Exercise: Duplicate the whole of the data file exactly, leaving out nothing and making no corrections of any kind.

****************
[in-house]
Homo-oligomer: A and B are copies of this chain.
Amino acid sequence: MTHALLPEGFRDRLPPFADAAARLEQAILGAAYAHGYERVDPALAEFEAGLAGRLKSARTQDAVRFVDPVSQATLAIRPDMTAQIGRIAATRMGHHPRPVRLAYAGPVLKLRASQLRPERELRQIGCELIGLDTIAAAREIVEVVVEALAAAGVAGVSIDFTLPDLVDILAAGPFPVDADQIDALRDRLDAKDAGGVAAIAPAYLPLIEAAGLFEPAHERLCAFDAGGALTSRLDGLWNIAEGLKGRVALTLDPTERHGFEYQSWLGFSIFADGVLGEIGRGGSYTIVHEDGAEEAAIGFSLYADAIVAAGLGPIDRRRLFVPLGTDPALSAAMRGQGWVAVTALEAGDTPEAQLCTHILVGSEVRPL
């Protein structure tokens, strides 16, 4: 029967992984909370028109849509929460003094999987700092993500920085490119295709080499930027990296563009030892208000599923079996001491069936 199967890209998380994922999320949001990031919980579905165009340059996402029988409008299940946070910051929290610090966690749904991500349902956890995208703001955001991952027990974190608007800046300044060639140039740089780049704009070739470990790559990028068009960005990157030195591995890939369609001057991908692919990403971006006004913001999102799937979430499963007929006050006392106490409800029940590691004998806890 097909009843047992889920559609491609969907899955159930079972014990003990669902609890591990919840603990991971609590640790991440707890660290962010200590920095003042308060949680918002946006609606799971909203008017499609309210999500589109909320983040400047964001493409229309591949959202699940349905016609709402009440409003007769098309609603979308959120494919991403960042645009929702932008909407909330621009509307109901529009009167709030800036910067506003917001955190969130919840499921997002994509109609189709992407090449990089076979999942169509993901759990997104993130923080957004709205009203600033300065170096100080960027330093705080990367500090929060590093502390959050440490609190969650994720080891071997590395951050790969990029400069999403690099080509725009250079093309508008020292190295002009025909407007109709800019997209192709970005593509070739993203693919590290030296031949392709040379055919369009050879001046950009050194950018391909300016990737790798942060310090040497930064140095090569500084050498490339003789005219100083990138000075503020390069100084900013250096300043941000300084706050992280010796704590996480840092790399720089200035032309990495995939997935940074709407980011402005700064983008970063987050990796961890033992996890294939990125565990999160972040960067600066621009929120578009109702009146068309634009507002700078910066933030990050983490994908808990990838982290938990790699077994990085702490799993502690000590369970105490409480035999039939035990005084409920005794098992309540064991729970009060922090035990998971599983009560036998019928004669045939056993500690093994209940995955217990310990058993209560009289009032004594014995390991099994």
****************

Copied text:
[in-house]
Homo-oligomer: A and B are copies of this chain.
Amino acid sequence: MTHALLPEGFRDRLPPFADAAARLEQAILGAAYAHGYERVDPALAEFEAGLAGRLKSARTQDAVRFVDPVSQATLAIRPDMTAQIGRIAATRMGHHPRPVRLAYAGPVLKLRASQLRPERELRQIGCELIGLDTIAAAREIVEVVVEALAAAGVAGVSIDFTLPDLVDILAAGPFPVDADQIDALRDRLDAKDAGGVAAIAPAYLPLIEAAGLFEPAHERLCAFDAGGALTSRLDGLWNIAEGLKGRVALTLDPTERHGFEYQSWLGFSIFADGVLGEIGRGGSYTIVHEDGAEEAAIGFSLYADAIVAAGLGPIDRRRLFVPLGTDPALSAAMRGQGWVAVTALEAGDTPEAQLCTHILVGSEVRPL
């Protein structure tokens, strides 16, 4: 029967992984909370028109849509929460003094999987700092993500920085490119295709080499930027990296563009030892208000599923079996001491069936 199967890209998380994922999320949001990031919980579905165009340059996402029988409008299940946070910051929290610090966690749904991500349902956890995208703001955001991952027990974190608007800046300044060639140039740089780049704009070739470990790559990028068009960005990157030195591995890939369609001057991908692919990403971006006004913001999102799937979430499963007929006050006392106490409800029940590691004998806890 097909009843047992889920559609491609969907899955159930079972014990003990669902609890591990919840603990991971609590640790991440707890660290962010200590920095003042308060949680918002946006609606799971909203008017499609309210999500589109909320983040400047964001493409229309591949959202699940349905016609709402009440409003007769098309609603979308959120494919991403960042645009929702932008909407909330621009509307109901529009009167709030800036910067506003917001955190969130919840499921997002994509109609189709992407090449990089076979999942169509993901759990997104993130923080957004709205009203600033300065170096100080960027330093705080990367500090929060590093502390959050440490609190969650994720080891071997590395951050790969990029400069999403690099080509725009250079093309508008020292190295002009025909407007109709800019997209192709970005593509070739993203693919590290030296031949392709040379055919369009050879001046950009050194950018391909300016990737790798942060310090040497930064140095090569500084050498490339003789005219100083990138000075503020390069100084900013250096300043941000300084706050992280010796704590996480840092790399720089200035032309990495995939997935940074709407980011402005700064983008970063987050990796961890033992996890294939990125565990999160972040960067600066621009929120578009109702009146068309634009507002700078910066933030990050983490994908808990990838982290938990790699077994990085702490799993502690000590369970105490409480035999039939035990005084409920005794098992309540064991729970009060922090035990998971599983009560036998019928004669045939056993500690093994209940995955217990310990058993209560009289009032004594014995390991099994």